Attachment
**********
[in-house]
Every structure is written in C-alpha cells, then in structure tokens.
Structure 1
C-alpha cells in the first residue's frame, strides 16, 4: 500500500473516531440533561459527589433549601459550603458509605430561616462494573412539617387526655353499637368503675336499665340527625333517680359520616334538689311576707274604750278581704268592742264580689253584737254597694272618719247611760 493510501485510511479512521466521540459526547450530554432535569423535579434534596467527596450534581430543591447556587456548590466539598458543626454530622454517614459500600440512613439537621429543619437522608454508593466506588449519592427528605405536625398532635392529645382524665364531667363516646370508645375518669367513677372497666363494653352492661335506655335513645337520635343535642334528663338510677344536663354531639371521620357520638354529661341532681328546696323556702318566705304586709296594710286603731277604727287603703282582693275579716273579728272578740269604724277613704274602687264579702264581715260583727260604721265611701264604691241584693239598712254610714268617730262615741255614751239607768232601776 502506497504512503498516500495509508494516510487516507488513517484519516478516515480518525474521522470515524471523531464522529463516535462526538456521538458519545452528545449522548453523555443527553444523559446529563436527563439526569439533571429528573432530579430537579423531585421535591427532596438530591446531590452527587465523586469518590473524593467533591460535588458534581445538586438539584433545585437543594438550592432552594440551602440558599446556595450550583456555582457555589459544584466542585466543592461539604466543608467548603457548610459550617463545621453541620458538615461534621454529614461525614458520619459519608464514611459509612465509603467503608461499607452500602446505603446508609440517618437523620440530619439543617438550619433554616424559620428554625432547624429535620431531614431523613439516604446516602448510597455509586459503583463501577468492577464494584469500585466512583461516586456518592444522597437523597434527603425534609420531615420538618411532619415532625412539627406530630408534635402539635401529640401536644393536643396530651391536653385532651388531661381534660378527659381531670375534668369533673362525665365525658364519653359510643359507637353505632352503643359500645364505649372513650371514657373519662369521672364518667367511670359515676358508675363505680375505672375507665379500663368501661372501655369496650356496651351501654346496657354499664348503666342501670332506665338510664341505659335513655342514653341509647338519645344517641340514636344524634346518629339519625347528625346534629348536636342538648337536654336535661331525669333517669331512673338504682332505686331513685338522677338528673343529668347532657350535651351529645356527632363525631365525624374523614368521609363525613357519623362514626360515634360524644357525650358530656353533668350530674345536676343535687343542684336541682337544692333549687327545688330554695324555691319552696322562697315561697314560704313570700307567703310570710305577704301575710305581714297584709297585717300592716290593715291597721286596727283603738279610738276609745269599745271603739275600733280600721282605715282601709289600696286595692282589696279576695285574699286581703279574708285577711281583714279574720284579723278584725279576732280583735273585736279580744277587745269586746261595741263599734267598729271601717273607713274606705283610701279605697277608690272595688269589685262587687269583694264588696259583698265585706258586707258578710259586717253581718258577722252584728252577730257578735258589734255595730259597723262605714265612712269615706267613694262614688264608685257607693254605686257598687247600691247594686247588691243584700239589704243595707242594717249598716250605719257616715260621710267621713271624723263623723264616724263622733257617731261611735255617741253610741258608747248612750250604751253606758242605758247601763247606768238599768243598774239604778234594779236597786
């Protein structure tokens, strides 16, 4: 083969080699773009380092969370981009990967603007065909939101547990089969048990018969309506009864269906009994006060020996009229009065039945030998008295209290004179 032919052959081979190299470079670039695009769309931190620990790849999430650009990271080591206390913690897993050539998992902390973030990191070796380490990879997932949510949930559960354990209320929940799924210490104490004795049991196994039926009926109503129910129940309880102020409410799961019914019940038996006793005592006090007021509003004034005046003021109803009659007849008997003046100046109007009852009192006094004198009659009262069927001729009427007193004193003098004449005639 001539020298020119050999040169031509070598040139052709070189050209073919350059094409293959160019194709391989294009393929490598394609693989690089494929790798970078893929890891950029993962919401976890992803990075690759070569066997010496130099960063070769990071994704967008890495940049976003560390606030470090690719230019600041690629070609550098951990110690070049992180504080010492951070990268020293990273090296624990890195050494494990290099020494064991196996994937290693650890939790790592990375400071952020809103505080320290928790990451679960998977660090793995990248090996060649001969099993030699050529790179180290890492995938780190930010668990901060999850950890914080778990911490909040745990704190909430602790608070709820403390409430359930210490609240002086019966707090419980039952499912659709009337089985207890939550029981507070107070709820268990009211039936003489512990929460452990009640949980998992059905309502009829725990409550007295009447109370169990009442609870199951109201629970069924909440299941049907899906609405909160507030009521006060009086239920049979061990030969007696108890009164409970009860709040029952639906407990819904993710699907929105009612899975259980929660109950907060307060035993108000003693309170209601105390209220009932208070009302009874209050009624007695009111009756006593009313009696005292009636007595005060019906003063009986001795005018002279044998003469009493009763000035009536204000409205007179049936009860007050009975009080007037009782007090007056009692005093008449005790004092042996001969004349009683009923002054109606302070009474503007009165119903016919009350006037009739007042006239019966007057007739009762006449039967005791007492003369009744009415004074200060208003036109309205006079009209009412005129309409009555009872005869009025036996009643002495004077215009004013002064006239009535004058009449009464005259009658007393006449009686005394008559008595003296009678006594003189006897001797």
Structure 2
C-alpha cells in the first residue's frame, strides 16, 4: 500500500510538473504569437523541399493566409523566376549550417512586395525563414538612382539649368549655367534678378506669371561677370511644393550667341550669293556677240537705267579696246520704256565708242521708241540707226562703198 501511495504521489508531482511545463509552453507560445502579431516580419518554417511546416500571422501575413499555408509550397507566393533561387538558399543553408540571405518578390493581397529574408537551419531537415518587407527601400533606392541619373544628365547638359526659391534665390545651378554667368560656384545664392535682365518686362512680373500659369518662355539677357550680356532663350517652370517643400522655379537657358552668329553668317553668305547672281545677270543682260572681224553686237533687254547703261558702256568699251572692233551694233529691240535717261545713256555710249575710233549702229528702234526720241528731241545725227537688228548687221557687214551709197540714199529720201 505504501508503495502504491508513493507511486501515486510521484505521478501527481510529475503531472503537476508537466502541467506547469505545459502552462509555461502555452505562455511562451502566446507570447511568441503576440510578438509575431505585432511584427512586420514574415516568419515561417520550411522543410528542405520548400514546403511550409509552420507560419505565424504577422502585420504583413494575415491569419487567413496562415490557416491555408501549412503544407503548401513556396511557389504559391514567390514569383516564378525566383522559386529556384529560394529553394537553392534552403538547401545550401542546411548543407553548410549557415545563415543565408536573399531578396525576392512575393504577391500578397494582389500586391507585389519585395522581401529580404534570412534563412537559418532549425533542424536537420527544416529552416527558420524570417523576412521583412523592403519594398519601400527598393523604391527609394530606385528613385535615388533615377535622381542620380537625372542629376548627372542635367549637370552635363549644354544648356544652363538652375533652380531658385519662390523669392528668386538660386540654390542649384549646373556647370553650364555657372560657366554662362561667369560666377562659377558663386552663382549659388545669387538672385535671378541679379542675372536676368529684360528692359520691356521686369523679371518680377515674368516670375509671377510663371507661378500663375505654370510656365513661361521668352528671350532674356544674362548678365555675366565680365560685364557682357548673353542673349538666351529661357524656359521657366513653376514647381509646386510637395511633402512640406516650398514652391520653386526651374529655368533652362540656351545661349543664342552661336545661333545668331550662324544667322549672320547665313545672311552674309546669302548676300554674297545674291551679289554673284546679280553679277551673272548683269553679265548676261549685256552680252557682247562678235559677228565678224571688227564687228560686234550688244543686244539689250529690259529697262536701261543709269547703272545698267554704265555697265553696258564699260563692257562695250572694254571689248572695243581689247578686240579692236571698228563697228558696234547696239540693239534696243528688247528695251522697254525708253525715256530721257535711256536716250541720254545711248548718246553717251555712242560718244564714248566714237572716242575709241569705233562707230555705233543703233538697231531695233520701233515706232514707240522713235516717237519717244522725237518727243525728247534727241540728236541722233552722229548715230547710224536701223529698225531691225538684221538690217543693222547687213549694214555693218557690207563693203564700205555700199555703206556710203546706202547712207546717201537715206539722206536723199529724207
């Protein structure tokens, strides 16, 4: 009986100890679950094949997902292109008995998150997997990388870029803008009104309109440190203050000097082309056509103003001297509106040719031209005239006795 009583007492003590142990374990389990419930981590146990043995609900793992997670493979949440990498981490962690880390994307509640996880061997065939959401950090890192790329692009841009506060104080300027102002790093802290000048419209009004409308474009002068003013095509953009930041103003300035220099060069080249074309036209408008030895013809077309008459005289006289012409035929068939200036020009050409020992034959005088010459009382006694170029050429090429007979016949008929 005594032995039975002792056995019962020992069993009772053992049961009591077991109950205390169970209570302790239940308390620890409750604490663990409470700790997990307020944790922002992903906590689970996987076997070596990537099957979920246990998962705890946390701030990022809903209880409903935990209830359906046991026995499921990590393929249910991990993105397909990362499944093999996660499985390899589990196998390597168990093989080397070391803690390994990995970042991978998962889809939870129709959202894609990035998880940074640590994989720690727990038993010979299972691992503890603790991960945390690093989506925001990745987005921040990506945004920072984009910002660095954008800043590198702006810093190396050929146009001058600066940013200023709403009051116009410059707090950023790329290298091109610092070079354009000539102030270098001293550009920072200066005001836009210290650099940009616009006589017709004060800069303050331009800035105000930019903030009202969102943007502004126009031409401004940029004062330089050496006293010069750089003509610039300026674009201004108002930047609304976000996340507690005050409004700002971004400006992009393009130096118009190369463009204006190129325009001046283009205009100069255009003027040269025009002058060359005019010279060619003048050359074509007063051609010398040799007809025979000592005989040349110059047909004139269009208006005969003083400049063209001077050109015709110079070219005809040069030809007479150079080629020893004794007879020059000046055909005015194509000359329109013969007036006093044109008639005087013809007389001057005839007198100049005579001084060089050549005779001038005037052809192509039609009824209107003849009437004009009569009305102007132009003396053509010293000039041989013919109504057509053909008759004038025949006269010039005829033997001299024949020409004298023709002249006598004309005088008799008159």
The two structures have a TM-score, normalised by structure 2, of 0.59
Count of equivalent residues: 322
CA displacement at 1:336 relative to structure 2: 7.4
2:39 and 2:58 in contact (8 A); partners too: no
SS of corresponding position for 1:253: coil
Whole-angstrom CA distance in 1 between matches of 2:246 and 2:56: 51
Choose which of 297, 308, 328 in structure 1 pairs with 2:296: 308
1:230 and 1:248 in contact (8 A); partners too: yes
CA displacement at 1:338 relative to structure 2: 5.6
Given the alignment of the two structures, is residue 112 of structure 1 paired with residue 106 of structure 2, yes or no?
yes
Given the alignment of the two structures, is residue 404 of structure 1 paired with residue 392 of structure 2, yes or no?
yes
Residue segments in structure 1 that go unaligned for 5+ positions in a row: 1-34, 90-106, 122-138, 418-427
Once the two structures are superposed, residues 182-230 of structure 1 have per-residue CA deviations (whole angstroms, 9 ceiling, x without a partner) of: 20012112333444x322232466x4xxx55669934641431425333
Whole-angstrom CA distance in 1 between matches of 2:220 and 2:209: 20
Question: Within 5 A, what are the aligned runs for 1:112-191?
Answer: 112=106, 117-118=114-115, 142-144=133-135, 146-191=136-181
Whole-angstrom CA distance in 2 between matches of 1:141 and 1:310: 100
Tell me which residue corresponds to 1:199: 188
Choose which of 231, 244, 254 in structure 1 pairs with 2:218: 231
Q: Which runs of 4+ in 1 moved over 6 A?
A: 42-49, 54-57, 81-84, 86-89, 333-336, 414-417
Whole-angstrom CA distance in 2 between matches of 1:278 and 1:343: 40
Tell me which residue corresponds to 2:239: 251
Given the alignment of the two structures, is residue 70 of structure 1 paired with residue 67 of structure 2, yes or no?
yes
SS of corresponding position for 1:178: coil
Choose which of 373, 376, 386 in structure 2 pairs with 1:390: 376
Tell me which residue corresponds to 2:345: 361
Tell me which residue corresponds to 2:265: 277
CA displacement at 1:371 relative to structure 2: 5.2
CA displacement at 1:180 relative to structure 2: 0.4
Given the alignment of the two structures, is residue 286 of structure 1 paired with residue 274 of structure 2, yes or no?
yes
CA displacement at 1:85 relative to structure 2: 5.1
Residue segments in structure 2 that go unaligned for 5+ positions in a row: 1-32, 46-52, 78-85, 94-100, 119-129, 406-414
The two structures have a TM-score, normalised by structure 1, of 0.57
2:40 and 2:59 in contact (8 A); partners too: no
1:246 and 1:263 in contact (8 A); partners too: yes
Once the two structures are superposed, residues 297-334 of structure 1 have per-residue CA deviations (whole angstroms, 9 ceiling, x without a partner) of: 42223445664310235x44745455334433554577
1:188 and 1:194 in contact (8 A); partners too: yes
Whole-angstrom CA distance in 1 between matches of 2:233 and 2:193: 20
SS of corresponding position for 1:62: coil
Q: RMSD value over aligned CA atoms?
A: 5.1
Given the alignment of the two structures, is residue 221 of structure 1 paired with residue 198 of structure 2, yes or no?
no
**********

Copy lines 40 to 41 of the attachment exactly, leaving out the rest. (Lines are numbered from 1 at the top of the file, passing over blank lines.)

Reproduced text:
CA displacement at 1:371 relative to structure 2: 5.2
CA displacement at 1:180 relative to structure 2: 0.4